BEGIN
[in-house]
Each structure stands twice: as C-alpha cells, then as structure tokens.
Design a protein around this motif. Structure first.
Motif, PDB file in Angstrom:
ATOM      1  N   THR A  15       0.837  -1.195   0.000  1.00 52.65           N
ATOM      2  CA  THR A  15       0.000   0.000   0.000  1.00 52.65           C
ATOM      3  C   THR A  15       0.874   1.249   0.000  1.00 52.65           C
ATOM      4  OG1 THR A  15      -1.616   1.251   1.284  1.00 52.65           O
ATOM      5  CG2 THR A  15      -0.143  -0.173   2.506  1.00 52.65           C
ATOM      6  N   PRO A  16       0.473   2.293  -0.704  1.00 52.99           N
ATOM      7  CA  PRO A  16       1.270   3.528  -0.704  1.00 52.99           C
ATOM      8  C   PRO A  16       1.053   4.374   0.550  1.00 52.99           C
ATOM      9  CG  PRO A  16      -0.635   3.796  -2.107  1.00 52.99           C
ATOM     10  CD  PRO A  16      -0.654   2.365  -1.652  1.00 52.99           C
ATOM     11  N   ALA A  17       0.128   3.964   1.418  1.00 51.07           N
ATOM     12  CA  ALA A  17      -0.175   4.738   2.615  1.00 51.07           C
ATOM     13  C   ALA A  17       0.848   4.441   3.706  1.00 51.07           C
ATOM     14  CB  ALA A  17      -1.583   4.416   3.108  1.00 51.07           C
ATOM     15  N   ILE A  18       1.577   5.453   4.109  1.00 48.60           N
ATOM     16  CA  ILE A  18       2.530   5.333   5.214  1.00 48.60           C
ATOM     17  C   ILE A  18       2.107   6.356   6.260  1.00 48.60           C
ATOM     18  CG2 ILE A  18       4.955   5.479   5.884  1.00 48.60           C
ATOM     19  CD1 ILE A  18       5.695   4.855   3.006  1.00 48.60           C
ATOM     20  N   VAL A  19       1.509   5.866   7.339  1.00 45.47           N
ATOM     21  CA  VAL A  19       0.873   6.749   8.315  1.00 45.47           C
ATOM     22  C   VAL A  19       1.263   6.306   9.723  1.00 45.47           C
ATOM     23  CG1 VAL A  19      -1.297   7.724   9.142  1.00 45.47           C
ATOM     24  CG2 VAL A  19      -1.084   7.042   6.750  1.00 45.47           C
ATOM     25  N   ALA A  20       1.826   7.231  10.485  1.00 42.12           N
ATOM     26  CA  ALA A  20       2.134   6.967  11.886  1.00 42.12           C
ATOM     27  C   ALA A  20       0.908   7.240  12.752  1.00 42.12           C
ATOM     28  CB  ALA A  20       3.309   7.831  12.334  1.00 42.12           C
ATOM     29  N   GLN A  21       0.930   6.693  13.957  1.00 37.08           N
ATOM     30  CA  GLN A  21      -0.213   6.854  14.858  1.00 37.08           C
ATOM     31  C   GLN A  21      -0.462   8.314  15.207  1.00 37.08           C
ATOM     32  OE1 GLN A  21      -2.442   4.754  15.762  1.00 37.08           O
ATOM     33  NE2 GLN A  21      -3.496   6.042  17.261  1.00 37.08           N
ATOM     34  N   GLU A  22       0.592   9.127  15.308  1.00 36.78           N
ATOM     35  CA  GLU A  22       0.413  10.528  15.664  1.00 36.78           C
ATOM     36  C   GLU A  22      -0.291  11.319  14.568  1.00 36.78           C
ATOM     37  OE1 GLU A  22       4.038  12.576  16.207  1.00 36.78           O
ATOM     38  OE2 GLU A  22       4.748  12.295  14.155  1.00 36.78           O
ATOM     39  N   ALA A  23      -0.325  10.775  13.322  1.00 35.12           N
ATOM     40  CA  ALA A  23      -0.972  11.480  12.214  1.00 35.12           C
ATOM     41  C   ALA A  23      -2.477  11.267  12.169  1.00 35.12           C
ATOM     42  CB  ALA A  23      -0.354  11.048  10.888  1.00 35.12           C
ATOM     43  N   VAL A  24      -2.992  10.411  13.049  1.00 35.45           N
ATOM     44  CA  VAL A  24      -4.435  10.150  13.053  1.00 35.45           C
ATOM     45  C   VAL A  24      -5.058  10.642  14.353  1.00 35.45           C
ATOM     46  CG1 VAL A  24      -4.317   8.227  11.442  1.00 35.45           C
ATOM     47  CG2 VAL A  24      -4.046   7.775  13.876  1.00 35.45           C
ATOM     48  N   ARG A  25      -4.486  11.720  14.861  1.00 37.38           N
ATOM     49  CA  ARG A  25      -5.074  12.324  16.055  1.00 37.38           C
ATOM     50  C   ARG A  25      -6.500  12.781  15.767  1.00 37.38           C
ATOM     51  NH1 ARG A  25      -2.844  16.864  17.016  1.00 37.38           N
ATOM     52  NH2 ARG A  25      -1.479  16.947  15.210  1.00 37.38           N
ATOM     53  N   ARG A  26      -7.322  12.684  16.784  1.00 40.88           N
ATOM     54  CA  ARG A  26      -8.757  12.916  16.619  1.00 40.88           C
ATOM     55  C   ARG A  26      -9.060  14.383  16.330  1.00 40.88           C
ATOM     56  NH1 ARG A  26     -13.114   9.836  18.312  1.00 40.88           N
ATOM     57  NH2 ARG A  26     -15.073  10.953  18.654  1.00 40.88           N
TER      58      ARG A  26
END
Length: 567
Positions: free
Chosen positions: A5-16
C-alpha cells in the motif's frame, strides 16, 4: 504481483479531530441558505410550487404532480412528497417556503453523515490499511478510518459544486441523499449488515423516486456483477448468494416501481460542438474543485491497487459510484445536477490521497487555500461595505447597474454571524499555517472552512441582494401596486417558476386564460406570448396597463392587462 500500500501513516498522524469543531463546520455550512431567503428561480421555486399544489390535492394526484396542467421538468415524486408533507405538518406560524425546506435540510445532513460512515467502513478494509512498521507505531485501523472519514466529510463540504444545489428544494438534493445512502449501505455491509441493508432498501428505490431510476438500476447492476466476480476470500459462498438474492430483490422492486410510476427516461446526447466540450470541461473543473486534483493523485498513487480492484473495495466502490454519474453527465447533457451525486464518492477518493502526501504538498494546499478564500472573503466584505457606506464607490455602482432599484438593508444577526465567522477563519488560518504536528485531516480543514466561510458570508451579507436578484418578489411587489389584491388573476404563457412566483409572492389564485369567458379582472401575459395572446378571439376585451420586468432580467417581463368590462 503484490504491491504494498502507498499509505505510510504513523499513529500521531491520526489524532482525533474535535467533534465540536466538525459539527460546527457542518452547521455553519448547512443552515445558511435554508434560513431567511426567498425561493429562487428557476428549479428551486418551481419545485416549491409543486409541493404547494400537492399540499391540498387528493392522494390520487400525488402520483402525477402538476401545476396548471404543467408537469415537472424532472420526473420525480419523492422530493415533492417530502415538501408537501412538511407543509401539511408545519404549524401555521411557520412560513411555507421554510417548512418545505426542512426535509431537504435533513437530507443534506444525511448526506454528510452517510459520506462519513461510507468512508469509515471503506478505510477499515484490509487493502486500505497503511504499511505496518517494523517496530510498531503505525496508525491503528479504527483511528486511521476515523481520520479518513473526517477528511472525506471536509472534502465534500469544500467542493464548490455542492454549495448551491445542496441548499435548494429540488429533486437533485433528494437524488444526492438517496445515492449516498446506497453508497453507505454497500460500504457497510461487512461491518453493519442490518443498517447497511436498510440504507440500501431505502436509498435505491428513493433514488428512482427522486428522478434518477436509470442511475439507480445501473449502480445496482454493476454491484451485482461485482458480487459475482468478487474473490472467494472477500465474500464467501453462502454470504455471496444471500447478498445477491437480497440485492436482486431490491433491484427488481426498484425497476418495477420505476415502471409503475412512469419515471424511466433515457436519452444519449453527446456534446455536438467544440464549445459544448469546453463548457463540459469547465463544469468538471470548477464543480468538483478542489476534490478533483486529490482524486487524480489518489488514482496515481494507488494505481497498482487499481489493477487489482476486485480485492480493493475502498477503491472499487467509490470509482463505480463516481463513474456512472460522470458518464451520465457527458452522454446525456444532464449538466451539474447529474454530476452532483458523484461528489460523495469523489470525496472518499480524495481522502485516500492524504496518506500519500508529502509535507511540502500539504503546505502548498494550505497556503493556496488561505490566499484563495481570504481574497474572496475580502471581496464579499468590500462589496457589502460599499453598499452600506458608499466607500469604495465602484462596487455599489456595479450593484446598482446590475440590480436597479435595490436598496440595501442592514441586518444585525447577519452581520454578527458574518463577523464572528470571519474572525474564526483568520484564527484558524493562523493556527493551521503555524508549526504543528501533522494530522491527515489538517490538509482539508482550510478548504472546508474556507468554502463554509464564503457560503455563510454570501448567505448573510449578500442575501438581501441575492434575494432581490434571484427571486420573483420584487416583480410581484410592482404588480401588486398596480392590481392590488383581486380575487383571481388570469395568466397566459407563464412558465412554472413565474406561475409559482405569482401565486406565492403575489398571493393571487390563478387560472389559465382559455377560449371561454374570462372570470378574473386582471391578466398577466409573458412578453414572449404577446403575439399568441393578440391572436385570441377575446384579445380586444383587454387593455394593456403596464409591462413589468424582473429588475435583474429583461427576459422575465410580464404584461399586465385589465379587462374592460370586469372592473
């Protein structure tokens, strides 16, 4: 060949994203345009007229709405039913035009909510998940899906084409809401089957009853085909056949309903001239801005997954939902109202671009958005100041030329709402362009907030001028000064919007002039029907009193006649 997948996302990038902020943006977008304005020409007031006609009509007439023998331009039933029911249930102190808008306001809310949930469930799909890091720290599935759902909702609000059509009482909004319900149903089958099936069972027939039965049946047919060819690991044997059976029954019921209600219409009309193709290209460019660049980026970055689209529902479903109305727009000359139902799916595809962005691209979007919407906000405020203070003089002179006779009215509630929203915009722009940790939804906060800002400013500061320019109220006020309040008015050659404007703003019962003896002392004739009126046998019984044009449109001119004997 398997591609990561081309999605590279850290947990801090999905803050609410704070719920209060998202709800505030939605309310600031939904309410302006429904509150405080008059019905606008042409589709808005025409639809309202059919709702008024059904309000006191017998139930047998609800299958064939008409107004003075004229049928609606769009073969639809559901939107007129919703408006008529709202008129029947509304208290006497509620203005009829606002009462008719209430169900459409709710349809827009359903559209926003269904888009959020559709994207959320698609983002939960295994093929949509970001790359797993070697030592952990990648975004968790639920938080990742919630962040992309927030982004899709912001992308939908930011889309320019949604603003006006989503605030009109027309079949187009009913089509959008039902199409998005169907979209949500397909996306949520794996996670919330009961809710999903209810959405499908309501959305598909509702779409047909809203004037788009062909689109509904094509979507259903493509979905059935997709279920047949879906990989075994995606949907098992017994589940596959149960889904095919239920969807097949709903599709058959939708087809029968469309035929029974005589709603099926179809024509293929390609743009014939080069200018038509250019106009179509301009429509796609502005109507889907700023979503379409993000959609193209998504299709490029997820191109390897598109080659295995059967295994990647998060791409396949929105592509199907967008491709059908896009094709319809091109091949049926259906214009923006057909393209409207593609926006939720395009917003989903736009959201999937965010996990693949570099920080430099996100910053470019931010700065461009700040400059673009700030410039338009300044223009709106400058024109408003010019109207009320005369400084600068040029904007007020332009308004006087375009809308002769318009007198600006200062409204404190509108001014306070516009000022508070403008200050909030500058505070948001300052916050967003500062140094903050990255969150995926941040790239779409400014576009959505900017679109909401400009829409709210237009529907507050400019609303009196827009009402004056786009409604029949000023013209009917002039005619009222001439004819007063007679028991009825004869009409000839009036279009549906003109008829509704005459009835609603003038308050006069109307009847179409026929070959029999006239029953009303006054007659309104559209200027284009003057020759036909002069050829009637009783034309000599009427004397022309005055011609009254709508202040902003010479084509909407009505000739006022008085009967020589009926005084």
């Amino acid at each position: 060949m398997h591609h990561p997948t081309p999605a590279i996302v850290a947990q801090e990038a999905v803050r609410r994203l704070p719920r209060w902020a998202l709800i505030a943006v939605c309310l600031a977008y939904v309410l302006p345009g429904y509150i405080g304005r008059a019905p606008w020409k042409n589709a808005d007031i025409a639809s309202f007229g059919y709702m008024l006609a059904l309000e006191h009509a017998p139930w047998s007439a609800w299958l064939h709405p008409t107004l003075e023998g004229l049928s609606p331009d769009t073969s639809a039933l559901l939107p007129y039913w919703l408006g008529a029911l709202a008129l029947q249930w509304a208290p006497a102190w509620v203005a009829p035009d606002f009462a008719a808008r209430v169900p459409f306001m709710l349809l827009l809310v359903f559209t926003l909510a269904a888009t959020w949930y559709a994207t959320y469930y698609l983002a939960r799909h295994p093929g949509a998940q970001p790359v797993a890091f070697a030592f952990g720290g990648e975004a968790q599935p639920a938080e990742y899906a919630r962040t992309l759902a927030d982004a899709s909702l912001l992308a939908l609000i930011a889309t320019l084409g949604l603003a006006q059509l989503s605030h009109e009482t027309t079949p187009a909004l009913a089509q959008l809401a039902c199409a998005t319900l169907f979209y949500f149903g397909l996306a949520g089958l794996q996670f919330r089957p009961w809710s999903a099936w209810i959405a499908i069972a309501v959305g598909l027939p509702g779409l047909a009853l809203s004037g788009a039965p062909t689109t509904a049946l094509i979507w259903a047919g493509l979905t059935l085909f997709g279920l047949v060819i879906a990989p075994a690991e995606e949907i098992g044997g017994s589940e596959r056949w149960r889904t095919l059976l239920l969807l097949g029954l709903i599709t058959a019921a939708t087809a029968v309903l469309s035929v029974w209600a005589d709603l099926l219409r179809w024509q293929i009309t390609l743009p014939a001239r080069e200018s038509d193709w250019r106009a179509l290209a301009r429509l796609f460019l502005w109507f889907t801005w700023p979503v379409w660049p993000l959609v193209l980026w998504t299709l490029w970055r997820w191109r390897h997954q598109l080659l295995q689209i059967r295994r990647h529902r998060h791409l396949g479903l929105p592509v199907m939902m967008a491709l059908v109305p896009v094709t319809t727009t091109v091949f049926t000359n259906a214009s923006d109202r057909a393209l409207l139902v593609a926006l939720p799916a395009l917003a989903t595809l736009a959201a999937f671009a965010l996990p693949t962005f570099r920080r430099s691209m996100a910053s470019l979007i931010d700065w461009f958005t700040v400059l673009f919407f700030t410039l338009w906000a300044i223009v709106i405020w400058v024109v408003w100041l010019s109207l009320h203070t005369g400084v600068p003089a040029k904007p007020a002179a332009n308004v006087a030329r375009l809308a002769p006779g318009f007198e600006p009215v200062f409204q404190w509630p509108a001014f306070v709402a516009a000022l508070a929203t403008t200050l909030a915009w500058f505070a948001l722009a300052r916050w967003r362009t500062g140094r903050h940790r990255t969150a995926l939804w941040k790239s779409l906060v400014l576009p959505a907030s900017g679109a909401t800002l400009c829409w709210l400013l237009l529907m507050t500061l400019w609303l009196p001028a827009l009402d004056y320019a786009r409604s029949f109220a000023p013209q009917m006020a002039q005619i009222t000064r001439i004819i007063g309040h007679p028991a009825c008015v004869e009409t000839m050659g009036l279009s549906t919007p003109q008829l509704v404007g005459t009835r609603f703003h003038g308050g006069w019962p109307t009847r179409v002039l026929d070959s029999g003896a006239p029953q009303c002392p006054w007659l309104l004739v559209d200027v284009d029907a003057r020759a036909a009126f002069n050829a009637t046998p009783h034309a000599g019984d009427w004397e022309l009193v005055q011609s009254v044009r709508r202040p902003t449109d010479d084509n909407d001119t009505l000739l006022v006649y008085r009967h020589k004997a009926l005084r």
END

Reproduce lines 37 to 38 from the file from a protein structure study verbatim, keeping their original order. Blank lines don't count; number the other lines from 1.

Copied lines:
ATOM     33  NE2 GLN A  21      -3.496   6.042  17.261  1.00 37.08           N
ATOM     34  N   GLU A  22       0.592   9.127  15.308  1.00 36.78           N